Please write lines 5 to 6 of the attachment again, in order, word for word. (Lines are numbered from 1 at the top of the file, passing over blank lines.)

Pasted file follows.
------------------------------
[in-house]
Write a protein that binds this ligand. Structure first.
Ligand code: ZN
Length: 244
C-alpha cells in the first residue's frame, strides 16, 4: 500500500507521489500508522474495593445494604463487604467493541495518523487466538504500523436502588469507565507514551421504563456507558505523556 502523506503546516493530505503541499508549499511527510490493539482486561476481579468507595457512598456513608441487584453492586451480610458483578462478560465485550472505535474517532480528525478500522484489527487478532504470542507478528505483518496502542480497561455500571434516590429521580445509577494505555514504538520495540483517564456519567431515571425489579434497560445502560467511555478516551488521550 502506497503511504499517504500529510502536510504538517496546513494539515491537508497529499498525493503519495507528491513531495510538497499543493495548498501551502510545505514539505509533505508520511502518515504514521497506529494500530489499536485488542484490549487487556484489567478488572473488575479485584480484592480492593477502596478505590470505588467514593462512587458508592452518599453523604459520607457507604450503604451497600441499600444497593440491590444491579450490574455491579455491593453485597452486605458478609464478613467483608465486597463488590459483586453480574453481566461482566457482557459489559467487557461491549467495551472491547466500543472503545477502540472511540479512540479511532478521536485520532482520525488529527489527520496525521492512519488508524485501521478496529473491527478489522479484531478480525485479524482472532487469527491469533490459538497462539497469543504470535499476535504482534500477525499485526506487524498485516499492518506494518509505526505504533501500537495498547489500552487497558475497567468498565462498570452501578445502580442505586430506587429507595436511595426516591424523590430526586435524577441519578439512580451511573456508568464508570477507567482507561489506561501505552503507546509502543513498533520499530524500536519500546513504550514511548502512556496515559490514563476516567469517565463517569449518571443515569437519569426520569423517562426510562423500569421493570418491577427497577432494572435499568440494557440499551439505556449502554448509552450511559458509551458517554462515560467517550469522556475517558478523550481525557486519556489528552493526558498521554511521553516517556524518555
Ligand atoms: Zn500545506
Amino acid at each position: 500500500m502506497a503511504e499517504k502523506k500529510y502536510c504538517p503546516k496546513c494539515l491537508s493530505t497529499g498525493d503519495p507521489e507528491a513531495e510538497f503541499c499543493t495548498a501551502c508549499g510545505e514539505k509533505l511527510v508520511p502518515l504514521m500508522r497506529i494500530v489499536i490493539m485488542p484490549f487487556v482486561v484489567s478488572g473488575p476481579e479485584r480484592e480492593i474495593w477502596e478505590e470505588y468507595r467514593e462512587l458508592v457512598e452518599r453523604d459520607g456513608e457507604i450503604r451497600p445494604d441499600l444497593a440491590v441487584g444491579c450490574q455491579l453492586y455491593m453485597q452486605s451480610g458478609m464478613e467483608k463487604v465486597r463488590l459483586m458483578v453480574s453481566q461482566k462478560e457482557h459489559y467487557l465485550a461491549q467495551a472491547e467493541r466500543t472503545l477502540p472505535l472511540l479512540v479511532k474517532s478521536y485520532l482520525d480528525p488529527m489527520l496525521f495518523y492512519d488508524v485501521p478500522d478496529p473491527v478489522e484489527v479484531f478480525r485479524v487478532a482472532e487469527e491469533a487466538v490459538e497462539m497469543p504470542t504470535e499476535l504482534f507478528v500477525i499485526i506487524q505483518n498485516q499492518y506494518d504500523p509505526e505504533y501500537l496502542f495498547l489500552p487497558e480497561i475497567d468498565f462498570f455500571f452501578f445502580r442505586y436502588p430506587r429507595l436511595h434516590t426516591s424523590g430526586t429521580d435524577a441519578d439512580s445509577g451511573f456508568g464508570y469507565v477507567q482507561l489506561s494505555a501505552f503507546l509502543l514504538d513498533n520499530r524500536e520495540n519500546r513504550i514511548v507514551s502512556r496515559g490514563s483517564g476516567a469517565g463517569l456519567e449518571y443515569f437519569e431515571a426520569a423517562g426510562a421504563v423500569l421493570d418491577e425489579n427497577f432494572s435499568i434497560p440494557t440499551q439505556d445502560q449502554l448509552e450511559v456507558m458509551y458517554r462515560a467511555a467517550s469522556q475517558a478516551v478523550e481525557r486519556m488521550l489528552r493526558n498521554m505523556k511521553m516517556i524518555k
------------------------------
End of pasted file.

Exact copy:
C-alpha cells in the first residue's frame, strides 16, 4: 500500500507521489500508522474495593445494604463487604467493541495518523487466538504500523436502588469507565507514551421504563456507558505523556 502523506503546516493530505503541499508549499511527510490493539482486561476481579468507595457512598456513608441487584453492586451480610458483578462478560465485550472505535474517532480528525478500522484489527487478532504470542507478528505483518496502542480497561455500571434516590429521580445509577494505555514504538520495540483517564456519567431515571425489579434497560445502560467511555478516551488521550 502506497503511504499517504500529510502536510504538517496546513494539515491537508497529499498525493503519495507528491513531495510538497499543493495548498501551502510545505514539505509533505508520511502518515504514521497506529494500530489499536485488542484490549487487556484489567478488572473488575479485584480484592480492593477502596478505590470505588467514593462512587458508592452518599453523604459520607457507604450503604451497600441499600444497593440491590444491579450490574455491579455491593453485597452486605458478609464478613467483608465486597463488590459483586453480574453481566461482566457482557459489559467487557461491549467495551472491547466500543472503545477502540472511540479512540479511532478521536485520532482520525488529527489527520496525521492512519488508524485501521478496529473491527478489522479484531478480525485479524482472532487469527491469533490459538497462539497469543504470535499476535504482534500477525499485526506487524498485516499492518506494518509505526505504533501500537495498547489500552487497558475497567468498565462498570452501578445502580442505586430506587429507595436511595426516591424523590430526586435524577441519578439512580451511573456508568464508570477507567482507561489506561501505552503507546509502543513498533520499530524500536519500546513504550514511548502512556496515559490514563476516567469517565463517569449518571443515569437519569426520569423517562426510562423500569421493570418491577427497577432494572435499568440494557440499551439505556449502554448509552450511559458509551458517554462515560467517550469522556475517558478523550481525557486519556489528552493526558498521554511521553516517556524518555
Ligand atoms: Zn500545506